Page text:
If you are over 65 years old, blind or disabled, you may qualify for Supplemental Security Income (SSI). To determine your eligibility, you must either be a US citizen or a long time resident of the United States and you must also meet some financial requirements as well.
In general, you should have less than $2,000 in assets (including any investments and real estate that you own solely or jointly) and have a monthly income that is less than what your monthly SSI benefits would be. There are however, certain assets that are considered exempt and are not counted when calculating eligibility.
- Real estate that is your primary residence
- Household furniture and goods
- One vehicle
- Your wedding rings
- Any property that you use as a means of self-employment as long as it does not exceed $600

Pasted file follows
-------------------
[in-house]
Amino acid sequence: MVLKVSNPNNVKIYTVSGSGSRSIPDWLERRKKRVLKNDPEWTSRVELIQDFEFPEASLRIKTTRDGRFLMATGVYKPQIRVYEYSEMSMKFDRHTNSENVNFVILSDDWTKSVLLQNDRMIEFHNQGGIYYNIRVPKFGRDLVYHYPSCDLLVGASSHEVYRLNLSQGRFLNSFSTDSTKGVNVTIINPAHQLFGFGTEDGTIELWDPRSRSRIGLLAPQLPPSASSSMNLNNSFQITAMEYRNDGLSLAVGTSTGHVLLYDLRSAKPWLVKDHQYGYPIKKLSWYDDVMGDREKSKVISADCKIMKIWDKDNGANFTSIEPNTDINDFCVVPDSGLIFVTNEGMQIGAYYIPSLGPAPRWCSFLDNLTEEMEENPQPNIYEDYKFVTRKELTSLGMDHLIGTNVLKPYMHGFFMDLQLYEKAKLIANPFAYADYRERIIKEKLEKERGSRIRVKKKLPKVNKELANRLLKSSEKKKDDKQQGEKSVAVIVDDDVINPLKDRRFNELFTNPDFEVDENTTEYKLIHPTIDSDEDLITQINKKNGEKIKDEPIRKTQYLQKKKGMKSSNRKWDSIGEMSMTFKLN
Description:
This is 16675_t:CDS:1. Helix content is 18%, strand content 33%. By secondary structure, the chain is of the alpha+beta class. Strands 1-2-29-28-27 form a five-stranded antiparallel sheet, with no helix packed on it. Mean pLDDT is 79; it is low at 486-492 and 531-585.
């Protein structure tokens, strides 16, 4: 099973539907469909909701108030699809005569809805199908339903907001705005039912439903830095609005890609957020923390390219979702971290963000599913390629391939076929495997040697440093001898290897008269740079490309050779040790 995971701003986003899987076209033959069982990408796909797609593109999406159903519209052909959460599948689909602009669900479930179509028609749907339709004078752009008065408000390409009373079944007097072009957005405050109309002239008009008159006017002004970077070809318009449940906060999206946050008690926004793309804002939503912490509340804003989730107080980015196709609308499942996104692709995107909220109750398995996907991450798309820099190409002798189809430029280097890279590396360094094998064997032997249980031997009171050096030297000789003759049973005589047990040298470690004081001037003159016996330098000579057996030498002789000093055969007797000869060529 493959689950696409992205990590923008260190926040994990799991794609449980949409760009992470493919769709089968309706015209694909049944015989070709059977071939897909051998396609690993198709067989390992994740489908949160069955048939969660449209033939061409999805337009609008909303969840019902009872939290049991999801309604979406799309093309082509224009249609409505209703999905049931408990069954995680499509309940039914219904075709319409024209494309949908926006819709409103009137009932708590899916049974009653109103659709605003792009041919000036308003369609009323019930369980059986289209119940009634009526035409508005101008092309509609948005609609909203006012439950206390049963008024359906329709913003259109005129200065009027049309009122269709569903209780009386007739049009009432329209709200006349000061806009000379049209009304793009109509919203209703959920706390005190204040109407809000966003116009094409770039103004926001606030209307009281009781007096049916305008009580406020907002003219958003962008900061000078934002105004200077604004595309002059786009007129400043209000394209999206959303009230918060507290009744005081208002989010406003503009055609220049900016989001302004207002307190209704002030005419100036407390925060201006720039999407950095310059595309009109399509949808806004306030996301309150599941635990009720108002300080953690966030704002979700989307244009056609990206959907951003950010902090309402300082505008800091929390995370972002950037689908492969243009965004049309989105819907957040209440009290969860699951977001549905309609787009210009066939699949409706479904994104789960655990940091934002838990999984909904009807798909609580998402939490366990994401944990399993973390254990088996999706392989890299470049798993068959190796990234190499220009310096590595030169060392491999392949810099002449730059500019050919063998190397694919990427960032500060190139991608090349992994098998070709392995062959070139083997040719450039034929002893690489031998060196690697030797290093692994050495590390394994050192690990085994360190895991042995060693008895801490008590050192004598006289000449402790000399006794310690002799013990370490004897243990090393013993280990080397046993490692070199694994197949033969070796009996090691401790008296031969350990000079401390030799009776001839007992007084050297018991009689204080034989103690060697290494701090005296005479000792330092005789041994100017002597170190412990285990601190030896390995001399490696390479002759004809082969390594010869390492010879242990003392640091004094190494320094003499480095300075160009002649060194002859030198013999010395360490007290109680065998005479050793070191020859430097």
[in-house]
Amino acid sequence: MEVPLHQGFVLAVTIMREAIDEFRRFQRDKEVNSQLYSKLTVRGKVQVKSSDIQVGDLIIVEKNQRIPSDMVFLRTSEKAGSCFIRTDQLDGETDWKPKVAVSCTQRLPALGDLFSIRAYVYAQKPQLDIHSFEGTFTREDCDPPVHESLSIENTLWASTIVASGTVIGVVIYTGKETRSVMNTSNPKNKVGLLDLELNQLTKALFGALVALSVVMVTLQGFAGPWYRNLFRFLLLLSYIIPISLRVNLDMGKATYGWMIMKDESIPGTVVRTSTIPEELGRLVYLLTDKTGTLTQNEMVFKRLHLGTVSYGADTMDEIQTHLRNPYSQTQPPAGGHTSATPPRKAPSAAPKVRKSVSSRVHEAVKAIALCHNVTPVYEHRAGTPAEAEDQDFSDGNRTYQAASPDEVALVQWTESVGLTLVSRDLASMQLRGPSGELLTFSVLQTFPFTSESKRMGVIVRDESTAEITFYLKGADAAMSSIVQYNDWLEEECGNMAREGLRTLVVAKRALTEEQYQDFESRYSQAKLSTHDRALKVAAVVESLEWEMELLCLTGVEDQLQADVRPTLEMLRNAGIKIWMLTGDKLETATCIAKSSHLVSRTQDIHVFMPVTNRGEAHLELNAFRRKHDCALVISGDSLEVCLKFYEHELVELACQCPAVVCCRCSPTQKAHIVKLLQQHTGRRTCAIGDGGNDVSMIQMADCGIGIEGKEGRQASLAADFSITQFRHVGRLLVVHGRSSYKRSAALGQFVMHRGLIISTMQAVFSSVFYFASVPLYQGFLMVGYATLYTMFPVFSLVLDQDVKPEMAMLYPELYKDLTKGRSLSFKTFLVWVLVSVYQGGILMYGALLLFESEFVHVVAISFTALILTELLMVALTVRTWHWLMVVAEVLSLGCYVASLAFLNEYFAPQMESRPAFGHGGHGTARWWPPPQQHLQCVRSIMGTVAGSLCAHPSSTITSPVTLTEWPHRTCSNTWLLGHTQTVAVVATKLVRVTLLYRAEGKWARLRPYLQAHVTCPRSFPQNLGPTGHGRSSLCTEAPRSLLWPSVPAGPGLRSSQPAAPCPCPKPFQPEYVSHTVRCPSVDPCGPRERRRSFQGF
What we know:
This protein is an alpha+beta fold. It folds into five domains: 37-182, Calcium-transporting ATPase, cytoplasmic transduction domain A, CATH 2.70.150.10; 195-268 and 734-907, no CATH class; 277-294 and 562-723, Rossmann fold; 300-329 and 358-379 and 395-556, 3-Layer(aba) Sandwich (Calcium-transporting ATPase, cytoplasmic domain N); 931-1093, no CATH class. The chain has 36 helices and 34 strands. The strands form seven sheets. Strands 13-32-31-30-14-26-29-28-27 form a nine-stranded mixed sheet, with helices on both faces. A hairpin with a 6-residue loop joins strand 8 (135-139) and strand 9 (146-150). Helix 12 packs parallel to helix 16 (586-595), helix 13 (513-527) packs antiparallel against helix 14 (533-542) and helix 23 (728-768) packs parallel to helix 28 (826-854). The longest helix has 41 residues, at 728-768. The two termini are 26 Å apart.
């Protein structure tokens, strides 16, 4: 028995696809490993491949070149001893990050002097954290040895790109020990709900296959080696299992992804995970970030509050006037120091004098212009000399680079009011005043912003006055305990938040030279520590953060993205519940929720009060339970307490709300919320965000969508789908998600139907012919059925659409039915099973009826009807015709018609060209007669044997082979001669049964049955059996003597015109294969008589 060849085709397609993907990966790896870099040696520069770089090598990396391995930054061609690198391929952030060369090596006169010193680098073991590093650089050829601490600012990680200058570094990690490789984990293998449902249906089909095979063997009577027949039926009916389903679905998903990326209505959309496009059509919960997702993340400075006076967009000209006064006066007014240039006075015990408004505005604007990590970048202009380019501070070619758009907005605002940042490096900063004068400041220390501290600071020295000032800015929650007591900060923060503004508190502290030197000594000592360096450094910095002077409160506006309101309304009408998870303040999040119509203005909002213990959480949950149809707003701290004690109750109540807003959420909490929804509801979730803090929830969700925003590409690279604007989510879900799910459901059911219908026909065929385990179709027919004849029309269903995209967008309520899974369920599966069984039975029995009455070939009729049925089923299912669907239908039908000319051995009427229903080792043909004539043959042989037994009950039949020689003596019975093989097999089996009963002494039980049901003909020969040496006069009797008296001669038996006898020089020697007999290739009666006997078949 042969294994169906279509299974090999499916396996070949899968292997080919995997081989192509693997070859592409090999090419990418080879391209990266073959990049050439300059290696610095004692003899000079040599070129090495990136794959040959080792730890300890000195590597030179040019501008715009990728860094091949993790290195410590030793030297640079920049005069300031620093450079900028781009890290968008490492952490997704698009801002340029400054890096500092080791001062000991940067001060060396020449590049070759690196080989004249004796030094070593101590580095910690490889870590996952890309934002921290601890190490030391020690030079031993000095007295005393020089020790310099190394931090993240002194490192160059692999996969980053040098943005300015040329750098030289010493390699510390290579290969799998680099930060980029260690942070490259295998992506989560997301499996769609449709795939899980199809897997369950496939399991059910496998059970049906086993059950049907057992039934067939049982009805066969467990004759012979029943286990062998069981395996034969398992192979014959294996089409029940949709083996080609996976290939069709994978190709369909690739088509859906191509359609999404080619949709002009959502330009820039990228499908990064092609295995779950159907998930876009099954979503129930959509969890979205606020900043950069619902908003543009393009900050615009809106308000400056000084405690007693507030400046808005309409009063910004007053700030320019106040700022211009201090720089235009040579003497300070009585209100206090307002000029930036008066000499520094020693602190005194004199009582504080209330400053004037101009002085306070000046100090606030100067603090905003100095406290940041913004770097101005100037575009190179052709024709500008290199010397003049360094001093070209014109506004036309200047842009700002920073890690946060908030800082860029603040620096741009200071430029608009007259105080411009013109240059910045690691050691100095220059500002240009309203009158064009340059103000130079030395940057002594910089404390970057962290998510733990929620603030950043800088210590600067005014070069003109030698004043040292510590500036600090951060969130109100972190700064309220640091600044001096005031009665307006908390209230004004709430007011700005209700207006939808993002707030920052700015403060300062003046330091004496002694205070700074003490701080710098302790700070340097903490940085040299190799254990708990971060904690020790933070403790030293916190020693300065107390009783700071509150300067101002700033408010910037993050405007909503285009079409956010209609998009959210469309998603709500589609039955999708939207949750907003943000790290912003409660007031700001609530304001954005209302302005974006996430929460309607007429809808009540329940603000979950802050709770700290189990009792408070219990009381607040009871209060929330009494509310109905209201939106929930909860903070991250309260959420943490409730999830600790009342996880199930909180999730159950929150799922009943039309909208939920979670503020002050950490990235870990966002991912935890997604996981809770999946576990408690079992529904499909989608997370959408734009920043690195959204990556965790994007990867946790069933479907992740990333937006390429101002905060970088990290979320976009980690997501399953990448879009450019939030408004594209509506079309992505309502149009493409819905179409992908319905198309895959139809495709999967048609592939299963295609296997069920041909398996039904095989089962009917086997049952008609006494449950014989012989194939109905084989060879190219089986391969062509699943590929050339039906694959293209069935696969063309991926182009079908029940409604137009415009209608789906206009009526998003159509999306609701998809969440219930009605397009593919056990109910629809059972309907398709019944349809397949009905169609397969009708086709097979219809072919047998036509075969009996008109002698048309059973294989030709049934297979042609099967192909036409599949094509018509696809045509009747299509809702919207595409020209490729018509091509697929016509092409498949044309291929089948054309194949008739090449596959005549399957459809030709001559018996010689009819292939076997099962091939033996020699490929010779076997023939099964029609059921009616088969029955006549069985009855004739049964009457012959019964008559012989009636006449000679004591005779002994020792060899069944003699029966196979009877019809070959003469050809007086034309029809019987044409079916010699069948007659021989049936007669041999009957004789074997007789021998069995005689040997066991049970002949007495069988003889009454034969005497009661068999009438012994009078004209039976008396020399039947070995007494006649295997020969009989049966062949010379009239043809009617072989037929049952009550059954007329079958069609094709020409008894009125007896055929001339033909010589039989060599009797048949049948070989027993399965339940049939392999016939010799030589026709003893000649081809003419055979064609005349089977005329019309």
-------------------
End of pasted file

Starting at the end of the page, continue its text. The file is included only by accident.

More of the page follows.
- Burial plots
- Burial funds of up to $1,500 for each spouse
- Life Insurance
Prior to 2000, you could create an irrevocable trust and fund it with your assets and still be able to qualify for SSI, but this is no longer the case. Any assets that you have in trust will be included when determining your eligibility for SSI.
In addition, while you can dispose of assets by selling for a fair market value, gifting of any assets could delay your benefits. The Social Security Administration will go back 3 years to determine if you have disposed of any assets in order to qualify for SSI.
As with all government programs, there are a few exceptions to this rule. Gifts to your spouse or to a disabled child are allowed for example, and if you are placed in an institution, there are exceptions for transferring assets as well.
To learn more about qualifying for Supplemental Security Income, you should contact a qualified financial planner or your estate planning attorney.
Attorney at Law